Year Ended December 31,   Three Months Ended March 31,  
 
  2012   2011   2010   2013   2012  
 
  (in thousands, except share and per share data)
 
 
   
   
   
  (unaudited)
 

Statement of Operations and Comprehensive Loss Data:

                               

Revenue:

                               

Licensing and royalty revenue

  $ 5,247   $ 6,940   $ 6,094   $ 599   $ 1,443  

Research revenue

    3,200     3,227     2,444         1,165  
                       

Total revenue

    8,447     10,167     8,538     599     2,608  

Operating expenses:

                               

Research and development

    20,980     24,884     10,081     1,856     8,140  

General and administrative

    6,561     6,028     3,872     2,136     1,948  
                       

Total operating expenses

    27,541     30,912     13,953     3,992     10,088  
                       

Operating loss

    (19,094 )   (20,745 )   (5,415 )   (3,393 )   (7,480 )

Interest expense, net

    (2,377 )   (1,589 )   (1,493 )   (2 )   (432 )

Other income (expense), net

    (1,373 )   126     (392 )   2     (508 )
                       

Net loss

  $ (22,844 ) $ (22,208 ) $ (7,300 ) $ (3,393 ) $ (8,420 )
                       

Net loss per share— basic and diluted

  $ (0.90 ) $ (1.22 ) $ (52.08 ) $ (0.12 ) $ (0.34 )
                       

Shares used to compute net loss per share— basic and diluted

    25,465,978     18,140,863     140,192     27,600,327     24,601,447  
                       

Comprehensive loss

  $ (22,826 ) $ (22,223 ) $ (6,871 ) $ (3,433 ) $ (8,400 )
                       

 

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  As of December 31,   As of March 31,  
 
  2012   2011   2010   2013  
 
  (in thousands)
 
 
   
   
   
  (unaudited)
 

Balance Sheet Data:

                         

Cash and cash equivalents

  $ 15,319     40,930   $ 17,373   $ 10,812  

Working capital (deficit)

    13,469     34,208     8,156     10,372  

Total assets

    17,528     44,711     21,594     13,009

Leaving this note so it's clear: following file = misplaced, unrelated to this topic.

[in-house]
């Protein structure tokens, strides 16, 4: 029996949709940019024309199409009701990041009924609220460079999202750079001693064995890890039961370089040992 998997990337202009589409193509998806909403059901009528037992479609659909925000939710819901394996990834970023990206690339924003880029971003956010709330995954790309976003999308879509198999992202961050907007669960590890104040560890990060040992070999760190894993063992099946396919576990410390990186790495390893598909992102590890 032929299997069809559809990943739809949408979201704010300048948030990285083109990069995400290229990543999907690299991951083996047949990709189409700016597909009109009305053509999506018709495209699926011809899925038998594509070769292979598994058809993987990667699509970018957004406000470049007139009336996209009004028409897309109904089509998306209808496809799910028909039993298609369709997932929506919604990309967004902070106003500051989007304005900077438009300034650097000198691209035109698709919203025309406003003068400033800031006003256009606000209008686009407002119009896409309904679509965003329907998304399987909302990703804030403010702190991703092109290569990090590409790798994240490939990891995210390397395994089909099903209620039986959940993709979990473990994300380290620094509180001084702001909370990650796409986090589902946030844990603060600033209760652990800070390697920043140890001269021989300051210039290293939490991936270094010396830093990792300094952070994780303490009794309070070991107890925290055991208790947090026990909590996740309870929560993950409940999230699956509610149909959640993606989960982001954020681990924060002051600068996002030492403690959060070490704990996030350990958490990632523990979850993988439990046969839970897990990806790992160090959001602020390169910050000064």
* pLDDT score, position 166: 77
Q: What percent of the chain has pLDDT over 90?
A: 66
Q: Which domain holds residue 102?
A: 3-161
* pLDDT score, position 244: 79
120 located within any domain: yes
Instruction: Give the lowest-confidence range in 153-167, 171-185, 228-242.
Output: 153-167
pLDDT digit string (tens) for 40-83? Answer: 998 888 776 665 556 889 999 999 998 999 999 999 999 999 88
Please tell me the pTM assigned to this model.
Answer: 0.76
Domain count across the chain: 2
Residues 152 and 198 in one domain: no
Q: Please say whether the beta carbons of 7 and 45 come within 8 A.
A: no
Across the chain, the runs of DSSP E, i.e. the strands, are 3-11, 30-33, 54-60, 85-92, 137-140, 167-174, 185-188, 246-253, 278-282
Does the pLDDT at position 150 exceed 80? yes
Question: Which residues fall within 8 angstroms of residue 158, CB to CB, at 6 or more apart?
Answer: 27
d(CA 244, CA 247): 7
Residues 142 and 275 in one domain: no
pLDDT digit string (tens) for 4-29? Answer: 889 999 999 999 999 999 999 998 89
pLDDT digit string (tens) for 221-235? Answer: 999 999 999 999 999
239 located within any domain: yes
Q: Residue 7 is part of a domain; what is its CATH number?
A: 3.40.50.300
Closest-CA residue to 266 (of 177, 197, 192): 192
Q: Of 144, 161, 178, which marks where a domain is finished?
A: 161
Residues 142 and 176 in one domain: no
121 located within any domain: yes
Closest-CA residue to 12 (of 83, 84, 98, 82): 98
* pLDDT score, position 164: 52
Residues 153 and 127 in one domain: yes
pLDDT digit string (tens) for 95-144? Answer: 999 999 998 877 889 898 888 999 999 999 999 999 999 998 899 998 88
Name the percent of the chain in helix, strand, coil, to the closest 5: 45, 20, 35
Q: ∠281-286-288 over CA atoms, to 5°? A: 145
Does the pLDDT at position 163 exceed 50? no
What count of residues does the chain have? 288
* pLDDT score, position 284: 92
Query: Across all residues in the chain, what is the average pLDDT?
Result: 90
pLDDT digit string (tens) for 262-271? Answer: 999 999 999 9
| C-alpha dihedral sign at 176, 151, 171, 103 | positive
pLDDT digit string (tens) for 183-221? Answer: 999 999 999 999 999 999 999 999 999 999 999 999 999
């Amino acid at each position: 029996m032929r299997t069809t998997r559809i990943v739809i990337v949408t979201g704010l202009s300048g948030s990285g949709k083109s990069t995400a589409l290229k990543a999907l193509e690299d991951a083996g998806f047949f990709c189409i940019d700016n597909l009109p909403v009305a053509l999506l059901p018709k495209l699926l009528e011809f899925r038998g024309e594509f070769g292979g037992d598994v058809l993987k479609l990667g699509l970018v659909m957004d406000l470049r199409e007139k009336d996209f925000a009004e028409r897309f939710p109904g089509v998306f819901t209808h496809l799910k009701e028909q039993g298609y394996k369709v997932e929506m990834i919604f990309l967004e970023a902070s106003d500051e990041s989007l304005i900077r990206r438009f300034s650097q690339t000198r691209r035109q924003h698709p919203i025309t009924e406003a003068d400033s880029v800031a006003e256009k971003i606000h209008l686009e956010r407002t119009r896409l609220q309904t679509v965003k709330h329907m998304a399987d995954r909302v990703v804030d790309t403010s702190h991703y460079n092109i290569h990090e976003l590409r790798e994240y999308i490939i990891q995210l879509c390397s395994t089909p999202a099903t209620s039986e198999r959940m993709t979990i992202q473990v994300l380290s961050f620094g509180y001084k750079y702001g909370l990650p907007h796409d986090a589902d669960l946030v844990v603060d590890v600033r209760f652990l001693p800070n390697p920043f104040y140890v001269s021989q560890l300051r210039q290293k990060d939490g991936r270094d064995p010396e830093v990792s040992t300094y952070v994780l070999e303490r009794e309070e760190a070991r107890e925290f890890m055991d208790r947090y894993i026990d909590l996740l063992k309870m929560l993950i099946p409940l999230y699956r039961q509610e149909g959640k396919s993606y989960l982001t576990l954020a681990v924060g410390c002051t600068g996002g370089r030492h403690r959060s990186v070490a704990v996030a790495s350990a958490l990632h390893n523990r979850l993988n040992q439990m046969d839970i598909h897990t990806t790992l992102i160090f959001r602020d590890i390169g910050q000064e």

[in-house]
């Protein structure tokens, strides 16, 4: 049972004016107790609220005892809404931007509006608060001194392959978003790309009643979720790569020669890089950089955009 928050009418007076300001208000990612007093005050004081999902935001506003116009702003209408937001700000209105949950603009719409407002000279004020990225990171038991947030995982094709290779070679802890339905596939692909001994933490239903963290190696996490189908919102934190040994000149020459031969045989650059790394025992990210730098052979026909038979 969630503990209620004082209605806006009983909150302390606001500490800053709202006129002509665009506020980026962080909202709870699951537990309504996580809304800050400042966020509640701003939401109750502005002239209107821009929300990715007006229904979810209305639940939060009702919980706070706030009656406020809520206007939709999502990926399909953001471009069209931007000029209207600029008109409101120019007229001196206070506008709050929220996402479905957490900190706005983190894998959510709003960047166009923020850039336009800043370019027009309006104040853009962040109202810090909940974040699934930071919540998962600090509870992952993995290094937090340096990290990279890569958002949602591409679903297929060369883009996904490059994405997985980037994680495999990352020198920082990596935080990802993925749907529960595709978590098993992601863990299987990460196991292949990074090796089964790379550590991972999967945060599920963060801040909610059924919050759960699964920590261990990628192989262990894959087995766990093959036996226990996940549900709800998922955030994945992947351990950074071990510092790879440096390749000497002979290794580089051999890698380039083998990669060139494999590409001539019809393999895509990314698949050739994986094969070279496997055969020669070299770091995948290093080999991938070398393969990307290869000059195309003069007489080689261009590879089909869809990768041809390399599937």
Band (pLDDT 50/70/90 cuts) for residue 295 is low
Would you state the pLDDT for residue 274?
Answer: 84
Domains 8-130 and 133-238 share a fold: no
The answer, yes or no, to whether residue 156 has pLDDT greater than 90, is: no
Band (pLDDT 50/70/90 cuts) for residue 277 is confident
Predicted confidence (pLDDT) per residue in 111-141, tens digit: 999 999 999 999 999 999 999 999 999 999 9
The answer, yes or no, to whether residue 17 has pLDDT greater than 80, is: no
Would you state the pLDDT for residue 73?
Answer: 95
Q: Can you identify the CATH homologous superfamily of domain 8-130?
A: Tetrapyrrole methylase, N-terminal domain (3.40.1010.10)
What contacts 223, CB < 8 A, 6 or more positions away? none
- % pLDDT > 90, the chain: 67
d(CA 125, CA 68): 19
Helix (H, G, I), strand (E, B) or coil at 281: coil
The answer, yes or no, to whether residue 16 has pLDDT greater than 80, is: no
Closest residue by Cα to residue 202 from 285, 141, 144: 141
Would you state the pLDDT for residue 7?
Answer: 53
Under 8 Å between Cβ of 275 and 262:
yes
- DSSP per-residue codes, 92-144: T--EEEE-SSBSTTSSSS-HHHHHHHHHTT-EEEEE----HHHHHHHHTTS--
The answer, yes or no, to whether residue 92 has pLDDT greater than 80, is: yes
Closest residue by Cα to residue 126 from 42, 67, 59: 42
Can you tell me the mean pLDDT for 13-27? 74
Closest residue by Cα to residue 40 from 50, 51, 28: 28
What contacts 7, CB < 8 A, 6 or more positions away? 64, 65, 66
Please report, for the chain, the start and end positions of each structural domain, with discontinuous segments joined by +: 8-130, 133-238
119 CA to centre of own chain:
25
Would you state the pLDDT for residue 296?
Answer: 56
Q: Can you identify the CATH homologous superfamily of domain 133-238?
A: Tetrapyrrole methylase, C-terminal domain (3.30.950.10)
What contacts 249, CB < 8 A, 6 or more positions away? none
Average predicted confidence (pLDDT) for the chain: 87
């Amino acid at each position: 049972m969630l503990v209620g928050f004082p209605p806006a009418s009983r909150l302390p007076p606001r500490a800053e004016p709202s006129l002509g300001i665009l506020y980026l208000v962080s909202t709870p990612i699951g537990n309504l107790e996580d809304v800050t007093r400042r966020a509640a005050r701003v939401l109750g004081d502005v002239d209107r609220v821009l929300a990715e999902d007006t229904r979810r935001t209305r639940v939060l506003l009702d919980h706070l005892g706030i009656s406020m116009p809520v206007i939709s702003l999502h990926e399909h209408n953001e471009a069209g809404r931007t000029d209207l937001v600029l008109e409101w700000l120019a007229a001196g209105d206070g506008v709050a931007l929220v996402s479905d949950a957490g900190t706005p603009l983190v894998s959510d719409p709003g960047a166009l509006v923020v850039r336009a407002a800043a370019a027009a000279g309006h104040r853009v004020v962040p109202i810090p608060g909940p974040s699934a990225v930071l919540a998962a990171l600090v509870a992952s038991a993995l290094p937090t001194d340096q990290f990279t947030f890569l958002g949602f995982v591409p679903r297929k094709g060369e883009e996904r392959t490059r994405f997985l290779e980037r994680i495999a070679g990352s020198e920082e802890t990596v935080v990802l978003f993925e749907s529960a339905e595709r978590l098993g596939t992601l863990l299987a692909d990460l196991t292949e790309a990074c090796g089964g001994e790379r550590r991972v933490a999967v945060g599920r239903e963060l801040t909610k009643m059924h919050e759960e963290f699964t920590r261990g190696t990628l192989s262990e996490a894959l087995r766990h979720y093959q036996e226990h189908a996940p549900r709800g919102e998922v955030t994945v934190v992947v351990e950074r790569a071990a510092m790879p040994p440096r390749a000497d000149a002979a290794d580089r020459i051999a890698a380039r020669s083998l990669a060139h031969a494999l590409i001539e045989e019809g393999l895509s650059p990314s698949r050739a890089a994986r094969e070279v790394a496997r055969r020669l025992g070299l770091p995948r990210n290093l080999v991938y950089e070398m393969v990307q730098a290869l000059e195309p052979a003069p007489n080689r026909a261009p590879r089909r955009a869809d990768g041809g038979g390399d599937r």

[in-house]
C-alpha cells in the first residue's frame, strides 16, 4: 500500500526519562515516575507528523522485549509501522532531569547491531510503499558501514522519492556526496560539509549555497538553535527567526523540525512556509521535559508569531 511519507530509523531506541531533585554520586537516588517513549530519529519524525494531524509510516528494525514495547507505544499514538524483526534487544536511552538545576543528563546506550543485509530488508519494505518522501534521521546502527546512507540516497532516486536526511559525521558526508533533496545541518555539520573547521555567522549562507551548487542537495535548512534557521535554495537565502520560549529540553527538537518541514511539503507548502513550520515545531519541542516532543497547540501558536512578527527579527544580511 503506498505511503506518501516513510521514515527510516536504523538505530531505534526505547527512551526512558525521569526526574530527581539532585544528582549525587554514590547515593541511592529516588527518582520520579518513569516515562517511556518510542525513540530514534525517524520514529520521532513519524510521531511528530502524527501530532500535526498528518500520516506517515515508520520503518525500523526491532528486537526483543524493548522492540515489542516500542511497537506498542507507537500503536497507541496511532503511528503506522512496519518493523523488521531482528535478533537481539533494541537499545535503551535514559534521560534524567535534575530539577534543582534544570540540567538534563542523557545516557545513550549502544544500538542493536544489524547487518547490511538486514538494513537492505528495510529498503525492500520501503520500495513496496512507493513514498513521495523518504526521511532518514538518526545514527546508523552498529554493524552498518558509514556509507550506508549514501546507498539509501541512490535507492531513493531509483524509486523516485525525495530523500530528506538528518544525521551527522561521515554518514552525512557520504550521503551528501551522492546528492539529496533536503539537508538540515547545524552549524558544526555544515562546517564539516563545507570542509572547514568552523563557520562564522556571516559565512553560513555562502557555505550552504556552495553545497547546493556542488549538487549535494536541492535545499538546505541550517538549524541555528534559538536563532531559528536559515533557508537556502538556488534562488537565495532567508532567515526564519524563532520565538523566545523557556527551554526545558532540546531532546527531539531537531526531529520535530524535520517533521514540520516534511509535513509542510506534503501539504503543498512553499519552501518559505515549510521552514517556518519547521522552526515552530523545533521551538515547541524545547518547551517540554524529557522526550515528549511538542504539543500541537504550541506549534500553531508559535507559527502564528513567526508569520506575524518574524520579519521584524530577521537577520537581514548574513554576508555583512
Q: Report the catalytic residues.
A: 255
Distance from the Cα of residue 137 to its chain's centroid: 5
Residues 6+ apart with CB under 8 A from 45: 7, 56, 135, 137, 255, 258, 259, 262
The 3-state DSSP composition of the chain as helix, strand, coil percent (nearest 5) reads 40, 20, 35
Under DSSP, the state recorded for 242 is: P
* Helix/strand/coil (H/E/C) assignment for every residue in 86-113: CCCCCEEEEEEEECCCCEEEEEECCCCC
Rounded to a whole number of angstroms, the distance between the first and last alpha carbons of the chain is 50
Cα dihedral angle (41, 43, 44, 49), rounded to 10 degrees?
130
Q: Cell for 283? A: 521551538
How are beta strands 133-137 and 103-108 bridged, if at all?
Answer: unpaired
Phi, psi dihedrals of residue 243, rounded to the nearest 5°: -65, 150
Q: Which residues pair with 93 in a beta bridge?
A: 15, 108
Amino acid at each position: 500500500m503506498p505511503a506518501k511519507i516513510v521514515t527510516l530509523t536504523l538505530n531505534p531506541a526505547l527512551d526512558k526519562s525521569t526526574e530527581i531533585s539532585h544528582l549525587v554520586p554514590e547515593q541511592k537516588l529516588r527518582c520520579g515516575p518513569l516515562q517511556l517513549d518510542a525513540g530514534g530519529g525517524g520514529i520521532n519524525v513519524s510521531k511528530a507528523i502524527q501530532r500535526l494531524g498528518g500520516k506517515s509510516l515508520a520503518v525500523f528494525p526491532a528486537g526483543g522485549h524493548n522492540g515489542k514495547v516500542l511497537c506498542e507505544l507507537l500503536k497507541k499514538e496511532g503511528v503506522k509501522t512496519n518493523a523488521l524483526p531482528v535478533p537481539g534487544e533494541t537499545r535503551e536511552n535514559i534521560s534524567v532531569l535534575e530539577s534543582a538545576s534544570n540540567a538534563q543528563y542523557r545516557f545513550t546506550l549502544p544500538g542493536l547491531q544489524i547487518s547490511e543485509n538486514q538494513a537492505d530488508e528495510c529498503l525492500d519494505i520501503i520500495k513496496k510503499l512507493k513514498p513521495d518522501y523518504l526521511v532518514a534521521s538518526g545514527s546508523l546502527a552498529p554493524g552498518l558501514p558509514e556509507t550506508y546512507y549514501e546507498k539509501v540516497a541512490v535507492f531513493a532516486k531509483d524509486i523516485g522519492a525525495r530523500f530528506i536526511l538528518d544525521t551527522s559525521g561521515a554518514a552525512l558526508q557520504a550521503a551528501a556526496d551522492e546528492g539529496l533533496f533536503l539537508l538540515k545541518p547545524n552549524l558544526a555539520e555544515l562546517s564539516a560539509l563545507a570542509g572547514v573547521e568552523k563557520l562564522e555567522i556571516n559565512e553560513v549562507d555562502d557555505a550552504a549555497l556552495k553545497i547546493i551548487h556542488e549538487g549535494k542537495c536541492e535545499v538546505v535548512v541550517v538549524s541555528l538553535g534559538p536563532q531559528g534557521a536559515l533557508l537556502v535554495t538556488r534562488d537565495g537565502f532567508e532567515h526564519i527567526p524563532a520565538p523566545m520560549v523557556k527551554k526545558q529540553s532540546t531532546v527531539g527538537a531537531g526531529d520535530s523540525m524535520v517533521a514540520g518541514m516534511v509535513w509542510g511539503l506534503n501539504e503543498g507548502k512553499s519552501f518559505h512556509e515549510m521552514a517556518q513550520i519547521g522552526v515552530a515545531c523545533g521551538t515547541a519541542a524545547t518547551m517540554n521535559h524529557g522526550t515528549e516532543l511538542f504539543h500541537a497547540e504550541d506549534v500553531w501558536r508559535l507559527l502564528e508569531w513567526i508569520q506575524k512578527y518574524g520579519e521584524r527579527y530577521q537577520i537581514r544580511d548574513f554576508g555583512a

Notes payable

        10,972     12,805      

Convertible stockholder notes payable

                 

Accumulated deficit

    (129,474 )   (106,630 )   (84,422 )   (132,867 )

Total stockholders' equity (deficit)

    14,274     24,482     (5,939 ) $ 11,182  


Selected Historical Consolidated Financial Data of Ocera

        The following table summarizes Ocera's financial data. Ocera derived the following statements of operations and comprehensive loss for the years ended December 31, 2012 and 2011, and the balance sheet data as of December 31, 2012 and 2011 from its audited financial statements and related notes, included elsewhere in this proxy statement. The statements of operations and comprehensive loss for the three months ended March 31, 2013 and 2012, and the balance sheet data as of March 31, 2013 are derived from its unaudited financial statements and related notes, included elsewhere in this proxy statement. Ocera derived the statement of operations and comprehensive loss data for the year ended December 31, 2010 and the balance sheet data as of December 31, 2010 from its audited financial statements not included in this proxy statement. Ocera's historical results are not necessarily indicative of the results that may be expected in the future and results of interim periods are not necessarily indicative of the results for the entire year. The following selected financial data should be read in conjunction with "Ocera's Management's Discussion and Analysis of Financial Condition and Results of Operations" and the financial statements and notes thereto appearing elsewhere in this proxy statement.

 
  Year Ended December 31,   Three Months Ended March 31,  
 
  2012   2011   2010   2013   2012  
 
  (in thousands, except share and per share data)
 
 
   
   
   
  (unaudited)
 

Statement of Operations and Comprehensive Loss Data: